Comment remains one of my favourite journals, publishing thoughtful pieces on a wide variety of subjects, often asking how best to think as Christians and what practices emerge from our reflections about God’s redemptive work in the world. Readers care about a lot of stuff, and want to learn how to live in these times fruitfully and faithfully.
Of course, as a bookseller, it is a joy to talk about books that might be of interest to this exact sort of engaged, open-minded, and discerning reader. Here are a few choice titles that Comment readers might enjoy.
Work Matters: Connecting Sunday Worship to Monday Work by Tom Nelson (Crossway, 2011)
At our bookstore we have dozens of books about the relationship of faith and work. It has long been a passion of mine to read about this topic since I was introduced to it in the 1970s by the Christian Labour Association of Canada. Happily, in the decades since, many Christians of various stripes have seen the marketplace as a mission field, have learned to think faithfully about the meaning of work, and have written well about “loving God on Monday” or nurturing “your soul at work” because “your work matters to God.”
There are many good books offering a Christian perspective on this topic, but none as good as the brand new, visionary, and very well-written paperback by this Kansas pastor. Some who know Reverend Nelson know that he has emphasized the callings and careers of his flock for years (indeed, in a long and beautiful blurb in the book, Comment writer Steve Garber suggests that too few pastors have attempted to do this and done so well as Nelson.) When the footnotes include fascinating citations from Paul Marshall and Gideon Strauss and Dorothy Sayers, you know it will be an interesting read. Nelson balances broad, perspectival views with quite practical suggestions; he is a solid theological thinker and obviously a pastor who cares to serve his people well as they relate Sunday to Monday, worship to work. There are several very interesting two-page sidebars that allow professionals from his church (such as Comment writer and architect David Greusel, for instance) to share their stories, giving this, again, a practical and real-world feel.
Work Matters is not lofty or abstract and is ideal for workers of all sorts. And for pastors and theologians, too, who need to incorporate this approach to Christian living into their own work. Thank God for Nelson’s church and their message of “common grace for the common good,” even in the work-a-day world.
You Lost Me: Why Young Christians Are Leaving Church . . . And Rethinking Faith by David Kinnaman (Baker, 2011)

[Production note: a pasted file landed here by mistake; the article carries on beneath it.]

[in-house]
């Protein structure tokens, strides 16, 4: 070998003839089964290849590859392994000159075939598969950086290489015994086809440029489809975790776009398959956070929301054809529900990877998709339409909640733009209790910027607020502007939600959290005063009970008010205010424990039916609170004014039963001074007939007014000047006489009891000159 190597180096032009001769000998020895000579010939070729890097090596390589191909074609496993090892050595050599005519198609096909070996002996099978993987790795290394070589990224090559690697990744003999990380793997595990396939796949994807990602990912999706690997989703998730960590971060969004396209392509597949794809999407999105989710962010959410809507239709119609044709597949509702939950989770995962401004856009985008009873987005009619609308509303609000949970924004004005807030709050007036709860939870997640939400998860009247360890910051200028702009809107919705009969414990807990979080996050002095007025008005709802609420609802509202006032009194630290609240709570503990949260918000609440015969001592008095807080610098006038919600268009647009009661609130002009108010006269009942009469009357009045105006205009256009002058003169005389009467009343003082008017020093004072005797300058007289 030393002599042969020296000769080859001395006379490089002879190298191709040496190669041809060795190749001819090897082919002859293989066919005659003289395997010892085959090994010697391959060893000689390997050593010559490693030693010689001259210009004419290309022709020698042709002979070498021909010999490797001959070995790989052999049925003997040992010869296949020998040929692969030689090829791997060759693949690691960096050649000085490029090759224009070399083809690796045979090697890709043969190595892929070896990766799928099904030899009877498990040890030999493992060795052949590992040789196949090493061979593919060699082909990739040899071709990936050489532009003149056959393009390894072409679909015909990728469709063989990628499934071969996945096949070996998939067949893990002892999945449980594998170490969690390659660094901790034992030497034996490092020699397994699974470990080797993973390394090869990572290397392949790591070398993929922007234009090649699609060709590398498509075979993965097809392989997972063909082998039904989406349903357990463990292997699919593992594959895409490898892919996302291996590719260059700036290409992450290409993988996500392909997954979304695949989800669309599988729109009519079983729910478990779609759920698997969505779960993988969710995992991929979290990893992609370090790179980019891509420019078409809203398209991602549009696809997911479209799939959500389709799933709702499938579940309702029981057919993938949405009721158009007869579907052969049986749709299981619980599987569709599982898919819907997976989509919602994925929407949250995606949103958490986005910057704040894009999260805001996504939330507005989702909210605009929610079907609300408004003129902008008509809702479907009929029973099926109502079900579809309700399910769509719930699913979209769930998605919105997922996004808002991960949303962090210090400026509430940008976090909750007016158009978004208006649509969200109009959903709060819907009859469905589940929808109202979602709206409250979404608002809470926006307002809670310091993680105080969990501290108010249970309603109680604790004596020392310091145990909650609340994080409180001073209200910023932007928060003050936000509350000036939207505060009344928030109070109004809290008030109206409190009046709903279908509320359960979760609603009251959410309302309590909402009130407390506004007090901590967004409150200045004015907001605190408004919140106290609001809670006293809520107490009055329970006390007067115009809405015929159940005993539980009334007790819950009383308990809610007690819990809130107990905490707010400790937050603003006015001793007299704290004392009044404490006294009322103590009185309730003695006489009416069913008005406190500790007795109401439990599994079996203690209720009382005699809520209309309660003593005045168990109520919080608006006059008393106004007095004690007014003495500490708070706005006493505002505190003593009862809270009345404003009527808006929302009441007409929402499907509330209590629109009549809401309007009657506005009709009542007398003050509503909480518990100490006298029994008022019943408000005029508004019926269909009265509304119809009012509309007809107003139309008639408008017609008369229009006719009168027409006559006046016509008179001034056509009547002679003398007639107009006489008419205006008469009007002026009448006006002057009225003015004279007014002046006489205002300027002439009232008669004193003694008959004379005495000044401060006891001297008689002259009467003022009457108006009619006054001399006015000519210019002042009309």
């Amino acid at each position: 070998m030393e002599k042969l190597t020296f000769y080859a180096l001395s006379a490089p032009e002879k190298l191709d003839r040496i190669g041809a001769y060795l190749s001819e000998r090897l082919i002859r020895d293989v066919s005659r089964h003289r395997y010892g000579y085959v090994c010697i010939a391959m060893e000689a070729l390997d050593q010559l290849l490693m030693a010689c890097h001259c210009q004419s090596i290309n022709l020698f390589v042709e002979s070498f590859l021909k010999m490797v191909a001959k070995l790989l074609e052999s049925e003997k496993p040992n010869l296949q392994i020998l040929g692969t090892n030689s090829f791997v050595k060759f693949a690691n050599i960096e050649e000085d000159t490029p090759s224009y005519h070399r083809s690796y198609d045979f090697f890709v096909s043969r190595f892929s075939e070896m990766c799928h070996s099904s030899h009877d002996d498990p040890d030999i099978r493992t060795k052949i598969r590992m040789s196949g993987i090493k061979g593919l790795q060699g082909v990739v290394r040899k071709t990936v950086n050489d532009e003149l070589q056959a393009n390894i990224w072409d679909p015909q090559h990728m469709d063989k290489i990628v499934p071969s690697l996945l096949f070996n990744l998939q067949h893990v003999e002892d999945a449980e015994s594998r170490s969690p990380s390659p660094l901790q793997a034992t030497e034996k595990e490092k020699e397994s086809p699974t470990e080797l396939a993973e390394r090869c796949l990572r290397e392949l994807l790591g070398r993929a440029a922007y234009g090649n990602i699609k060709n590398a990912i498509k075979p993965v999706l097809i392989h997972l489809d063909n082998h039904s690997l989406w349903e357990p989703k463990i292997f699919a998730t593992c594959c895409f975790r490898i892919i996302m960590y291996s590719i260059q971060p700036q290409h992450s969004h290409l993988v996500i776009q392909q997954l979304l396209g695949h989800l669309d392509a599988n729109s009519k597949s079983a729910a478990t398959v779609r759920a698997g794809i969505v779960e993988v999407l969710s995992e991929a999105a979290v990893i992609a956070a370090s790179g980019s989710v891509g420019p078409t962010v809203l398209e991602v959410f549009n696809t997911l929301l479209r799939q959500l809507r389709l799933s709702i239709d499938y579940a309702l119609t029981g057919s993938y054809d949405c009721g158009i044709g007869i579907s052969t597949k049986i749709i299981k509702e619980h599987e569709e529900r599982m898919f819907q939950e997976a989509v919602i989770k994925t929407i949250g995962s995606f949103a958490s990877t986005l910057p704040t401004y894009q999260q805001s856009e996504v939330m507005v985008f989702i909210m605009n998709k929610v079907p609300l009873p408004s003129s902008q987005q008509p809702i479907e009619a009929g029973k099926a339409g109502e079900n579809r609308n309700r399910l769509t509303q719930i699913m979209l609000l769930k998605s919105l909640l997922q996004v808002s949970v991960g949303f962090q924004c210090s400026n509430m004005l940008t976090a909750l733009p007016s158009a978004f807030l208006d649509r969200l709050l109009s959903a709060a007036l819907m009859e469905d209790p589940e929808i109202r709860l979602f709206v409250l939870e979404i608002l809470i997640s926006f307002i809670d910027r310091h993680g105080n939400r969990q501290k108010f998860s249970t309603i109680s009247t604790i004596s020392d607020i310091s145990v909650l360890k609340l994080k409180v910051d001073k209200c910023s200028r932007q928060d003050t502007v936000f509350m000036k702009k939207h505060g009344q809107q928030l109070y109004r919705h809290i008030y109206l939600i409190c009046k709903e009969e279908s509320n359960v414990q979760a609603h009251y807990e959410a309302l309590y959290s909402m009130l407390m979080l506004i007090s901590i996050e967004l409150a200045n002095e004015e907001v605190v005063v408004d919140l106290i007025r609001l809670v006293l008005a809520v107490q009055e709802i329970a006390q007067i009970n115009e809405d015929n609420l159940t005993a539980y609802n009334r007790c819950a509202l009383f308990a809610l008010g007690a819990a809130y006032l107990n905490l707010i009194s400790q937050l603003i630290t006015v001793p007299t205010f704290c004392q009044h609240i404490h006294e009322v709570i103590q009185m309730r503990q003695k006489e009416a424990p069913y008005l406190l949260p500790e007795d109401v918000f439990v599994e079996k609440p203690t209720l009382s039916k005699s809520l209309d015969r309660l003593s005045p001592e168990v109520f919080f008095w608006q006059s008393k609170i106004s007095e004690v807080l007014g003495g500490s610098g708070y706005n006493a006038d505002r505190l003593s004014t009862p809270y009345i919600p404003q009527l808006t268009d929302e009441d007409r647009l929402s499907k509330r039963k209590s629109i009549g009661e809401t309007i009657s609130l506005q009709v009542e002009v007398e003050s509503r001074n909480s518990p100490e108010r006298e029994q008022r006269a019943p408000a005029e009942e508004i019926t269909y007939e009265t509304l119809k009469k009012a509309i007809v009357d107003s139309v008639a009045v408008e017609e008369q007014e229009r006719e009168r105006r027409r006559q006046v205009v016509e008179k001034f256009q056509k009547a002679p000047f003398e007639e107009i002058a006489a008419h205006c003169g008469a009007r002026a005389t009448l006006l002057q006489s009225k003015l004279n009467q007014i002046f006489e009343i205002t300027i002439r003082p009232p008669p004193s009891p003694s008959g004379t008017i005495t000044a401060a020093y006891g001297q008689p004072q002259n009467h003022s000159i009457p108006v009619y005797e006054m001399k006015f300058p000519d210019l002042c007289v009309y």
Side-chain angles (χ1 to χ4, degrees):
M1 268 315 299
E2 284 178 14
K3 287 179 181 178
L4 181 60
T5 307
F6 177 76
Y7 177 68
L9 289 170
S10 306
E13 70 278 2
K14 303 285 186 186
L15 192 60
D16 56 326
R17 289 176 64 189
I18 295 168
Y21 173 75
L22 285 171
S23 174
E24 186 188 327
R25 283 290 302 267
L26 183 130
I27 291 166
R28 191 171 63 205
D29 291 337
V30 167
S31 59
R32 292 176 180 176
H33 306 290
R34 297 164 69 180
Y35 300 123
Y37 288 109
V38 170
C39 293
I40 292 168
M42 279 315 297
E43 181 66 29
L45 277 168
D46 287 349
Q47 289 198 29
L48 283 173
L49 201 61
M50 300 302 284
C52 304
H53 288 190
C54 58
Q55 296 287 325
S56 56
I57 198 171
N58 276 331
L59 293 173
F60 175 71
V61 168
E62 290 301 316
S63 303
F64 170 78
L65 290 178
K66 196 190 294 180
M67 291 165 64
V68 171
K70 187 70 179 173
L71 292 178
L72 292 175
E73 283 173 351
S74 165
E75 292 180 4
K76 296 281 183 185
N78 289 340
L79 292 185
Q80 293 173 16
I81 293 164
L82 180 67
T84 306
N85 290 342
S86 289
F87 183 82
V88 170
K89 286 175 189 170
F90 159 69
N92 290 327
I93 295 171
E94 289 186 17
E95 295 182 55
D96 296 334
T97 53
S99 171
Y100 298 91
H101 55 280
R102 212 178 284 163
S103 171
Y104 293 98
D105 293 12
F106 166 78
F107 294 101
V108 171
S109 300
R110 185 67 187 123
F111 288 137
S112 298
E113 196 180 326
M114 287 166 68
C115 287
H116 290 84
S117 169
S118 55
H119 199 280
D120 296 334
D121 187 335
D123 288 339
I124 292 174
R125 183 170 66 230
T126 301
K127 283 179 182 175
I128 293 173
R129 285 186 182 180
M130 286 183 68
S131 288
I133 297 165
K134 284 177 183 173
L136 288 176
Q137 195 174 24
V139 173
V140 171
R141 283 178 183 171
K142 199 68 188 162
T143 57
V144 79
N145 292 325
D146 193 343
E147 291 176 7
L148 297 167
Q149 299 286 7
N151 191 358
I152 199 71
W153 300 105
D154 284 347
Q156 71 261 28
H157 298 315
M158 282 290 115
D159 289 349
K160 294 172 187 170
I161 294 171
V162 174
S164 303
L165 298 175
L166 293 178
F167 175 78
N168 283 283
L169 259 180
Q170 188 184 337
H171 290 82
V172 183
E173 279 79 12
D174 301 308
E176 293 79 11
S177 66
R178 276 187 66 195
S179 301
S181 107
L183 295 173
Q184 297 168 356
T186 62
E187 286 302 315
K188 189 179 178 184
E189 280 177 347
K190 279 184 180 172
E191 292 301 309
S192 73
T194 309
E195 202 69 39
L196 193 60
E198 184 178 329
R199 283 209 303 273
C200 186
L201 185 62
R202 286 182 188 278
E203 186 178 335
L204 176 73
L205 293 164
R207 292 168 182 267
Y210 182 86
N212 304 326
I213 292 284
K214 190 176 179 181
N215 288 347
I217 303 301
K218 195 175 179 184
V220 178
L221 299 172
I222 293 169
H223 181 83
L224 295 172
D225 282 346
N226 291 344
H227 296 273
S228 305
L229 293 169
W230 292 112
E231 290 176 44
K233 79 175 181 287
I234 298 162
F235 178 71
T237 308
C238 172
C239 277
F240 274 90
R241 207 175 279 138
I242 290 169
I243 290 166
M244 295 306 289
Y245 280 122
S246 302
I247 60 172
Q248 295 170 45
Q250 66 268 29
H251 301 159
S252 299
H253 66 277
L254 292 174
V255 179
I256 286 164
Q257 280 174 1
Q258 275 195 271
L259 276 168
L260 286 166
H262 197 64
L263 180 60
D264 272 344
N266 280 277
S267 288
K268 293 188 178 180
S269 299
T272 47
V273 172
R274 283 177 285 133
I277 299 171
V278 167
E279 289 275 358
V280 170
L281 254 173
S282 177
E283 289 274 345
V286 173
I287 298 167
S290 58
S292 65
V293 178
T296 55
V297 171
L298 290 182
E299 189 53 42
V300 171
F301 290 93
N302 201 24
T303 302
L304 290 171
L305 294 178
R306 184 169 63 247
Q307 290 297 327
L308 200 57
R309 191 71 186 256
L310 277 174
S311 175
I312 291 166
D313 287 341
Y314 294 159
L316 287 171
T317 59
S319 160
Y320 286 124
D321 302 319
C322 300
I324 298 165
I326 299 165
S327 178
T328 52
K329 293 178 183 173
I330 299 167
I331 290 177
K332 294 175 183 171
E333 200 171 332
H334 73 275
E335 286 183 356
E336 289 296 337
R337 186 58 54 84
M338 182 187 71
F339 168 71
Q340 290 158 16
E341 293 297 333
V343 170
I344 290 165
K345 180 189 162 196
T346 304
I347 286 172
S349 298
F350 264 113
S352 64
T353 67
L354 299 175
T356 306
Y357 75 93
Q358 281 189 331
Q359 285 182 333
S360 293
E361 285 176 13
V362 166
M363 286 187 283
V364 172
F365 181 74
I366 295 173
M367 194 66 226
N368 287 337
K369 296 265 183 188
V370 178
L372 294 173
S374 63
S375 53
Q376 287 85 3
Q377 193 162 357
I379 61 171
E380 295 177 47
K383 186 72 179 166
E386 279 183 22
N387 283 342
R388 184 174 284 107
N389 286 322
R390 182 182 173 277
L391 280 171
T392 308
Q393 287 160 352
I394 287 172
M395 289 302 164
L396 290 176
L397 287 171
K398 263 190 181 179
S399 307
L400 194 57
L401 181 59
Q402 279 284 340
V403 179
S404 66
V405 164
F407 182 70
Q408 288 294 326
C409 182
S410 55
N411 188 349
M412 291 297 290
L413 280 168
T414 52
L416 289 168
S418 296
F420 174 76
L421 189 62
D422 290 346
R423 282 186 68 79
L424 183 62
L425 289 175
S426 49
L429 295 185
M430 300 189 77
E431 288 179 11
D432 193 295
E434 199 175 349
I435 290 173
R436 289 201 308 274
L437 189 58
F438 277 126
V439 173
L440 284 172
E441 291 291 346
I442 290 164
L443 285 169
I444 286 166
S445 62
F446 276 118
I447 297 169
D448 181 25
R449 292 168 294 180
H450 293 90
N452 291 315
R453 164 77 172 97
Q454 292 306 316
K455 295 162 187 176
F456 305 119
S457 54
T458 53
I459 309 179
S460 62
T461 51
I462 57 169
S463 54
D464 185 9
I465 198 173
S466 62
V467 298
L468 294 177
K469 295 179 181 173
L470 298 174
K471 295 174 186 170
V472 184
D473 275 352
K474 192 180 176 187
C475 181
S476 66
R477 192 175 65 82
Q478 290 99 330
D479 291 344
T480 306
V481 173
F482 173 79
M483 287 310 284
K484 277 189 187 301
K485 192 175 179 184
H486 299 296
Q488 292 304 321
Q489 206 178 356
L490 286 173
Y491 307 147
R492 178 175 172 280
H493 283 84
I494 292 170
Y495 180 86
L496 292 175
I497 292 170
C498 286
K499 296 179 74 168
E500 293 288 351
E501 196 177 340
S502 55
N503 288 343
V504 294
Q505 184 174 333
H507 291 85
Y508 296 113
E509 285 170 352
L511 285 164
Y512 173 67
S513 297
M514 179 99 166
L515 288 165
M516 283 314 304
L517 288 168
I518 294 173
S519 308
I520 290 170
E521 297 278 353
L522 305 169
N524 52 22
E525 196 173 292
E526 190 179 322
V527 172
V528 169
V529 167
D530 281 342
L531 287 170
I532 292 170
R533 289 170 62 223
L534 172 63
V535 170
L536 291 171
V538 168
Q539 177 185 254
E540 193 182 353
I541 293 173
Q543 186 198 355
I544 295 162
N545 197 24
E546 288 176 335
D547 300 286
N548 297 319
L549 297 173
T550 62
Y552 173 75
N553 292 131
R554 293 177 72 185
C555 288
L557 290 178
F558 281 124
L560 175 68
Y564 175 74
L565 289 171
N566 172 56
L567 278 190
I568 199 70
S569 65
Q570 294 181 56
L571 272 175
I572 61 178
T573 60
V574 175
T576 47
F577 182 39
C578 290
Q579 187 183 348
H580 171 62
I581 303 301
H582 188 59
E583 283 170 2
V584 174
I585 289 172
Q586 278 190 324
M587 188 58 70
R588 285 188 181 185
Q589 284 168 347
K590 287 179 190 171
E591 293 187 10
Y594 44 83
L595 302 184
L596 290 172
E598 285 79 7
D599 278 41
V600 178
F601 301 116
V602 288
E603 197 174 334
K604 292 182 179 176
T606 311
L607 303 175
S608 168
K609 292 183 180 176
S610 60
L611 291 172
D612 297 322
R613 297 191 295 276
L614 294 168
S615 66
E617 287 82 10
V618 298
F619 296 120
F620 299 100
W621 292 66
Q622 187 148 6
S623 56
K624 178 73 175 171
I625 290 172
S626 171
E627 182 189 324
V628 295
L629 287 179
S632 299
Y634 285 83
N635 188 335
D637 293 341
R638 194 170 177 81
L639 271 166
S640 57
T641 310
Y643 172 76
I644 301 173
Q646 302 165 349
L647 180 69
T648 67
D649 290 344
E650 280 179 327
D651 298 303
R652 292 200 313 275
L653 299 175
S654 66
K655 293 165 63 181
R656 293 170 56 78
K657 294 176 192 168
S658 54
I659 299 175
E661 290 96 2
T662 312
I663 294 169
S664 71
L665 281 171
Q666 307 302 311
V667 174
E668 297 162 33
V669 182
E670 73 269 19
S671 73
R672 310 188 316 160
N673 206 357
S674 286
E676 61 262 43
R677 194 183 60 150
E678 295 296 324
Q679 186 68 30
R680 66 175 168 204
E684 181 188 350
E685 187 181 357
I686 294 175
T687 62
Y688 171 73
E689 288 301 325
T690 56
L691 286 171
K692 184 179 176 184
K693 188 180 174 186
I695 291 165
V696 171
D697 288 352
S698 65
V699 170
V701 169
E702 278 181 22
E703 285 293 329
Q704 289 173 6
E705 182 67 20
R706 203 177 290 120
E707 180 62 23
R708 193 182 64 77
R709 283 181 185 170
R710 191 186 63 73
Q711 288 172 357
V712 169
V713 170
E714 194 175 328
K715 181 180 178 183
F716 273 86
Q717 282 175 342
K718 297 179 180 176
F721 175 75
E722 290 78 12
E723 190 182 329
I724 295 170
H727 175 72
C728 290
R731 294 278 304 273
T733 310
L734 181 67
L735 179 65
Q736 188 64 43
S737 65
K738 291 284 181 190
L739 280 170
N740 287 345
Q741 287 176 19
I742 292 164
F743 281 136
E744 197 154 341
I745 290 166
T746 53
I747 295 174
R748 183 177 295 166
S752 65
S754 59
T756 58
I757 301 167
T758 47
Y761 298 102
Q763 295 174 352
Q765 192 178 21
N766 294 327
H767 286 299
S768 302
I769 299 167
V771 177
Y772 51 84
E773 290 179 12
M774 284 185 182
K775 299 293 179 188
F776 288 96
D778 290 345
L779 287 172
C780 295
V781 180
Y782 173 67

Kinnaman was catapulted to fame when he produced for the Barna Group the research that became the bestselling book UnChristian which explores what unchurched North American young adults thought about Christianity and church life. Kinnaman continued his research, this time documenting the views and attitudes and stories of younger adults who were, in fact, raised within Christian churches, but who have chosen to leave. Why is this? Kinnaman uses the punchy phrase (used by more than one of his millennial interviewees) “you lost me” to indicate that these folks were once open to faith, perhaps deeply involved in Christian practices and life, and at some point determined that they were no longer on the same page as their adult congregational leaders. Kinnaman is passionate that we must understand the demographics of this cohort and we must “start a conversation” about this crisis of generational loss and, more importantly, with this cohort themselves. Why are younger Christians disengaging from church? Why are they rethinking the way theology and spirituality is construed? One nice appendix to this important book is a listing of 50 suggestions for “passing on a flourishing, deep-rooted faith,” from 50 different authors and leaders, many of whom are writers for Comment (including Steve Garber, Gabe Lyons, Charlie Peacock, Kara Powell, Donna Freitas, Derek Melleby, David Greusel, Kenda Creasy Dean).
(Editor’s note: Comment will run a feature-length review of the above two books, together, in late December.)
Socrates in the City: Conversations on “Life, God, and Other Small Topics” by Eric Metaxas, editor (Dutton, 2011)